The second time someone pulled a gun on me was during a robbery. At the time I was living in a tenement in a poor inner city neighborhood in Boston. The rent was cheap and it was situated between two major music schools – The New England Conservatory of Music and the Berklee College of Music. I was a struggling and very poor musician so it was an ideal situation. The thing was, I actually really liked my building and street, which was only one block long – it was filled with itinerants and fringe types which somehow made me feel comfortable. I lived in that apartment for almost ten years and had grown from a troubled teenager into an adult there. Lots of good times and plenty of bad, but it quickly became my home. I had finally escaped my wildly unstable and unsupervised childhood and the toxically poisonous family that went along with it. I was really happy for the first time in my life.

So late one night after living there for five years or so, I was coming home from a gig and it was probably around two in the morning. At the time I had a close friend in the band who would drive me home, and he’d usually come in and we’d smoke some pot, have a couple of beers and listen to some music before he’d head out.

It was one of those big old apartment buildings that was probably built in the 1930’s and my flat was in the basement. It was perfect for me.

To get in you had to first climb up some steps from the street, then pass through an unlocked door that would open into the little foyer, and finally you’d use your key to unlock the main door into the building. It was pretty big with maybe 60 apartments, every one of them filled with people who were strangers to me. Even though my street was near some colleges, it was considered too rough for students.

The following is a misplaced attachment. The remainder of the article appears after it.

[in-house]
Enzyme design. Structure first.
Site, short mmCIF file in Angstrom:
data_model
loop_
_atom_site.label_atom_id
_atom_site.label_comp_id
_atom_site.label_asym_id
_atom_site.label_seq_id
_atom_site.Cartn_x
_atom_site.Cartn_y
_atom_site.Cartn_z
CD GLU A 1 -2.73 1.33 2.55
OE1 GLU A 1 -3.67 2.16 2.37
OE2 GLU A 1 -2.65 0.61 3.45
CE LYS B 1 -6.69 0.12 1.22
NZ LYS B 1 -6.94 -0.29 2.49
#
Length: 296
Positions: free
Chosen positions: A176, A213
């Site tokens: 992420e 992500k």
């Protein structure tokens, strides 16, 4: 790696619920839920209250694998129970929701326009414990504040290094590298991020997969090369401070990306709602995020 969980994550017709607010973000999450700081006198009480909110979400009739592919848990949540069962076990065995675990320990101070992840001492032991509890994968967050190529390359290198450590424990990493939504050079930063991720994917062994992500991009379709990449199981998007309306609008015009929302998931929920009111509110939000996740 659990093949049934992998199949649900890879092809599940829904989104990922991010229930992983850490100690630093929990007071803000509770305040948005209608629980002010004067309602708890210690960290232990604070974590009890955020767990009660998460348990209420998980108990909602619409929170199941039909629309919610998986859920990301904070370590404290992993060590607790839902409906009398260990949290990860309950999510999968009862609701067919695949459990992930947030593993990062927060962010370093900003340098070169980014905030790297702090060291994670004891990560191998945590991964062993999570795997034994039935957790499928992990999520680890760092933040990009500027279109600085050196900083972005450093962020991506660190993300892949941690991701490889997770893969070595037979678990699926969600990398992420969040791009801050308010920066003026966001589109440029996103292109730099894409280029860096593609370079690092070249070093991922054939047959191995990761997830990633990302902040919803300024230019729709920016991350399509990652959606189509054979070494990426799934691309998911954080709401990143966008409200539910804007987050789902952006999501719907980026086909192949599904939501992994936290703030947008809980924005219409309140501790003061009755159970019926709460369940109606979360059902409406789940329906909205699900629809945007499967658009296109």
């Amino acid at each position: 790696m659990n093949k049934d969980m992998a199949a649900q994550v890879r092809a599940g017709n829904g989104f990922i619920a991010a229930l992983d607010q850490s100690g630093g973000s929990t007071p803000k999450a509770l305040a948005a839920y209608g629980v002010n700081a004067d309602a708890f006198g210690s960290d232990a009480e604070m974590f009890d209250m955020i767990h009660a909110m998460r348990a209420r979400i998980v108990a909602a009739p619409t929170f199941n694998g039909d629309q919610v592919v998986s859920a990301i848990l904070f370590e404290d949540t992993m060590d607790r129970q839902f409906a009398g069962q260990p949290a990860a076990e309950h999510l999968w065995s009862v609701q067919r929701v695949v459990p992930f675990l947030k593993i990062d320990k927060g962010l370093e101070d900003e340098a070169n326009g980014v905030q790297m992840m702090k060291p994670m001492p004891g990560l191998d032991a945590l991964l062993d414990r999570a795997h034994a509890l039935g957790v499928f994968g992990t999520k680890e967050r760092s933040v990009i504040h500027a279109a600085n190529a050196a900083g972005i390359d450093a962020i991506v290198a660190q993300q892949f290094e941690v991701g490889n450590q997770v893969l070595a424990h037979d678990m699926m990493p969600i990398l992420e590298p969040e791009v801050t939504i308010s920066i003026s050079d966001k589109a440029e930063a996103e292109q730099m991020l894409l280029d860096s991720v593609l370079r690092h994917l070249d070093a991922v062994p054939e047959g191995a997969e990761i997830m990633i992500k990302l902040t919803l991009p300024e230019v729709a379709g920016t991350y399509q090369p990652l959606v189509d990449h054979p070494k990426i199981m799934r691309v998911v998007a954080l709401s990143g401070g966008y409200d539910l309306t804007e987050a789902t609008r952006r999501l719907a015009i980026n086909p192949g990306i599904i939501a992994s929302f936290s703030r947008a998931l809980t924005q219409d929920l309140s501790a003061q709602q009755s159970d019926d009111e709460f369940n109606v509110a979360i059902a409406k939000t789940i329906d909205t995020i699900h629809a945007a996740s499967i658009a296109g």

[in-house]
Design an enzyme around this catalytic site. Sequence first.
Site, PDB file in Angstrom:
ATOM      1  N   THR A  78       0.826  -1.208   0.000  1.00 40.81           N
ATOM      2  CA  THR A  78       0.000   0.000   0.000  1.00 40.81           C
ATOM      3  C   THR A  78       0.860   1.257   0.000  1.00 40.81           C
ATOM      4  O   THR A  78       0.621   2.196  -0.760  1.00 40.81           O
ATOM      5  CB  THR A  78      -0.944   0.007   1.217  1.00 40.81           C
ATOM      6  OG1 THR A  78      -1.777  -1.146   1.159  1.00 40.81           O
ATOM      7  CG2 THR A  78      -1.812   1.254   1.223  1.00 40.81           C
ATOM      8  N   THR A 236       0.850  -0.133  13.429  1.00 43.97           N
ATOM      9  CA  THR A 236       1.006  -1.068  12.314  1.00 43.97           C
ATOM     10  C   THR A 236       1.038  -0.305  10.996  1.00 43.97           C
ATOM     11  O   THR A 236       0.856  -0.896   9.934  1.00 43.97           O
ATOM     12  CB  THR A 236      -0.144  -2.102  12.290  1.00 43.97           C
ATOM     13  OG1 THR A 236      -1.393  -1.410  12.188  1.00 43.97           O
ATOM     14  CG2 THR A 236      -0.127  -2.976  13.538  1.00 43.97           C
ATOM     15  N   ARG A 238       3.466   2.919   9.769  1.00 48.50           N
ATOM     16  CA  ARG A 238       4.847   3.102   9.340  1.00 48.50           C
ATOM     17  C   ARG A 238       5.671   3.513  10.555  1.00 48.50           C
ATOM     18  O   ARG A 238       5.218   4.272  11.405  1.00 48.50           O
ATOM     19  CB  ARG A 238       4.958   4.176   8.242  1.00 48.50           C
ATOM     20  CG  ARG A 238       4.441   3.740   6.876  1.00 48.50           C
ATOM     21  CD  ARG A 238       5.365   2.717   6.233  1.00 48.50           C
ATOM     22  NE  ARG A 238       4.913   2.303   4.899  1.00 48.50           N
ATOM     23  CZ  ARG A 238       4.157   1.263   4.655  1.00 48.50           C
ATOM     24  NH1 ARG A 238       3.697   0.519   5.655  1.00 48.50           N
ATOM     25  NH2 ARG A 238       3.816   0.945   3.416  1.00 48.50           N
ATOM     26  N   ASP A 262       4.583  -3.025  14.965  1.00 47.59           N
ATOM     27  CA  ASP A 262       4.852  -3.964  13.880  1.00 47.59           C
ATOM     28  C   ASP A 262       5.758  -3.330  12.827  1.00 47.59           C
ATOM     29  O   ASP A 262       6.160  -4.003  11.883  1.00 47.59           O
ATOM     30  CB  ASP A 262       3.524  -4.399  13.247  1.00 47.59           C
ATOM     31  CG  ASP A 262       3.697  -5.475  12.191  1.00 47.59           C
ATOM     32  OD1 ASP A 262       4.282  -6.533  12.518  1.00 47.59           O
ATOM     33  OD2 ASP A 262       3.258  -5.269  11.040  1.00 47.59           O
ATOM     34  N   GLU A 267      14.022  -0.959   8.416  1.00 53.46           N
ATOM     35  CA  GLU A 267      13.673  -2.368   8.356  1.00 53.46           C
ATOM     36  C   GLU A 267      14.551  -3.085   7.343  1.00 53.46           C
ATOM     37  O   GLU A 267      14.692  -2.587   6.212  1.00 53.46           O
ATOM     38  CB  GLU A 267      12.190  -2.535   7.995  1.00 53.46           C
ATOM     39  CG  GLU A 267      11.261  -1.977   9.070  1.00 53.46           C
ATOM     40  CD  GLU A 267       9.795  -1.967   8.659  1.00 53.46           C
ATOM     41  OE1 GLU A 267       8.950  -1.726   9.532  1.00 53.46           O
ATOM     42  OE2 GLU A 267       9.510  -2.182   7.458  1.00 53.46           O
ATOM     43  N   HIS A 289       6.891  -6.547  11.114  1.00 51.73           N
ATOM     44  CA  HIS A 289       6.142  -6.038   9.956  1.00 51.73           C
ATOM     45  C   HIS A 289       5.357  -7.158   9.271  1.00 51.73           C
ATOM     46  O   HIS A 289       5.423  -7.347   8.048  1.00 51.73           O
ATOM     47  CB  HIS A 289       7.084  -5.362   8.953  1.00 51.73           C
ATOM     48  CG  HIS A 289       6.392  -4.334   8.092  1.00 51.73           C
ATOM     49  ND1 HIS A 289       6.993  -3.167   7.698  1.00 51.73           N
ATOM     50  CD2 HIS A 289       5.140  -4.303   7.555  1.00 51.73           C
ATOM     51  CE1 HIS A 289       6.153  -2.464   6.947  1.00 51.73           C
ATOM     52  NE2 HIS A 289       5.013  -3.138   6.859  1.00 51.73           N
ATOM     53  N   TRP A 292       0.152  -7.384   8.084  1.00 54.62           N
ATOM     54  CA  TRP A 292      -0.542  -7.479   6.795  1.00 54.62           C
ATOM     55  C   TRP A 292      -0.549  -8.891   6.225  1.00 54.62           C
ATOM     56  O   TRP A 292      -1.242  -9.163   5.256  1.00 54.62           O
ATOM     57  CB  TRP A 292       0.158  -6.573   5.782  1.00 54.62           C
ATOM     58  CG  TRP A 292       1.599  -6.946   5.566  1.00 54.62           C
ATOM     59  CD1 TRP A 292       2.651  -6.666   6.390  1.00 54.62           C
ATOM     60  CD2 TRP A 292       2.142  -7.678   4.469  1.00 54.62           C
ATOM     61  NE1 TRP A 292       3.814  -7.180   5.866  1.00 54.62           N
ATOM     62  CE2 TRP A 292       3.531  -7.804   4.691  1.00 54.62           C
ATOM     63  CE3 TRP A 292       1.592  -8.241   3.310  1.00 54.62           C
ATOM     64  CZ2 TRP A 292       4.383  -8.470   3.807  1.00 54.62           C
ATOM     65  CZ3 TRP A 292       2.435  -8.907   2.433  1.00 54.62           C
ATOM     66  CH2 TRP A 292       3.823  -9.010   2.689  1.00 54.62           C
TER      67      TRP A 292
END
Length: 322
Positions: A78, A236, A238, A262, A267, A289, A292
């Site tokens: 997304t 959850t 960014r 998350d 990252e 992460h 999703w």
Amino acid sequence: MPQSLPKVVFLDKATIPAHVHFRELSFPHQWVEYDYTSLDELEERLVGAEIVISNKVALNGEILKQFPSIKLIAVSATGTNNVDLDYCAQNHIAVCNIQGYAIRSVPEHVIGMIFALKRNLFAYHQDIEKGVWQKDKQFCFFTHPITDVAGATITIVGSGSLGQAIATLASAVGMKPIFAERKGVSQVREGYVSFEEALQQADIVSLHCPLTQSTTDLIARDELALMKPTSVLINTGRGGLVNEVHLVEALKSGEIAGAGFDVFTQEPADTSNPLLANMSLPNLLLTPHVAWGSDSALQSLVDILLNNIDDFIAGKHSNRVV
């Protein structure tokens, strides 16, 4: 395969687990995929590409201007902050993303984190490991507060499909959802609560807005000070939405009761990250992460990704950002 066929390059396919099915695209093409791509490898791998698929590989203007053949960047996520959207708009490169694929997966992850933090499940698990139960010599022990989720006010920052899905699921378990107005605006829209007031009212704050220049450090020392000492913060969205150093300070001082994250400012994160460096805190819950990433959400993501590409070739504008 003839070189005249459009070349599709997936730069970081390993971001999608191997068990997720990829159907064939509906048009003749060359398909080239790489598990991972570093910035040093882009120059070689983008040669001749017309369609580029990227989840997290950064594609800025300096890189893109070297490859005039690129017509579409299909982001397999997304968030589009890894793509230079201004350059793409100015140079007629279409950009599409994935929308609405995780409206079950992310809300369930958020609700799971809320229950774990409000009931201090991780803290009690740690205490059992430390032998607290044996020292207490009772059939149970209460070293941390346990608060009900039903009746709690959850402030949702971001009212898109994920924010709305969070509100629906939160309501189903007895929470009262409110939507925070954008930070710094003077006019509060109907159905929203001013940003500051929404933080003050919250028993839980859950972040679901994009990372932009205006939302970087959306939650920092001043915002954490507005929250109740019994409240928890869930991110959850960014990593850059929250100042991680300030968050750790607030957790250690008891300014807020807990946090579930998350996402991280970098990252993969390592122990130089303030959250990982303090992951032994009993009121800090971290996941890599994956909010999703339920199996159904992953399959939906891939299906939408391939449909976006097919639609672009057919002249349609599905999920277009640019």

There was an old black lady, Mrs. Lewis, who lived immediately on the left as you walked into the lobby and she was the only one I really knew. She had lived there forever and for some reason took a liking to me. The feeling was mutual and she’d often invite me into her apartment to talk. Even though I felt close to her, I was young and always had somewhere to go. But I digress…

On this particular night we parked on the street and walked up to the front door, both of us stoned and tired. Even at this time of night there would be some people out, so seeing someone on the street or coming and going in building was completely normal.

I remember as soon as I opened the front door with my key being aware that somebody had slipped in right behind us – but that wasn’t all that unusual, it happened all the time. As humans we are, however, keenly attuned to our environment, even though we might not be aware of it. Clearly my antenna had picked up something unusual.

As soon as the door closed I heard the unmistakable sound of a gun being cocked and we both instinctively stopped and slowly turned around. There, maybe ten feet behind us was a man pointing a pistol right at us – and I immediately saw his hands were shaking. I remember thinking “he’s scared – there’s one of him and two of us,” immediately followed by the realization that this is exactly how people get shot.

He was a skinny black dude with pants that were too big for him – like the kind they give you on your way out of Walpole when you don’t have any clothes of your own, ‘cuz all you’ve been wearing were your prison issues. I could see a car on the street right at the bottom of the steps with the engine running – it was cold out and you could see the hot exhaust condensing in the frigid night air.

Once again, time seemed to slow down as my mind became focused on giving him what he wanted and making it clear that we presented no threat. This was all instinctual, mind you – there was no time to actually think – only to react. But I was definitely hyper-aware that he had a loaded gun and was nervous in a neighborhood where it wasn’t unusual for people to get shot. Fortunately, my friend kept his cool.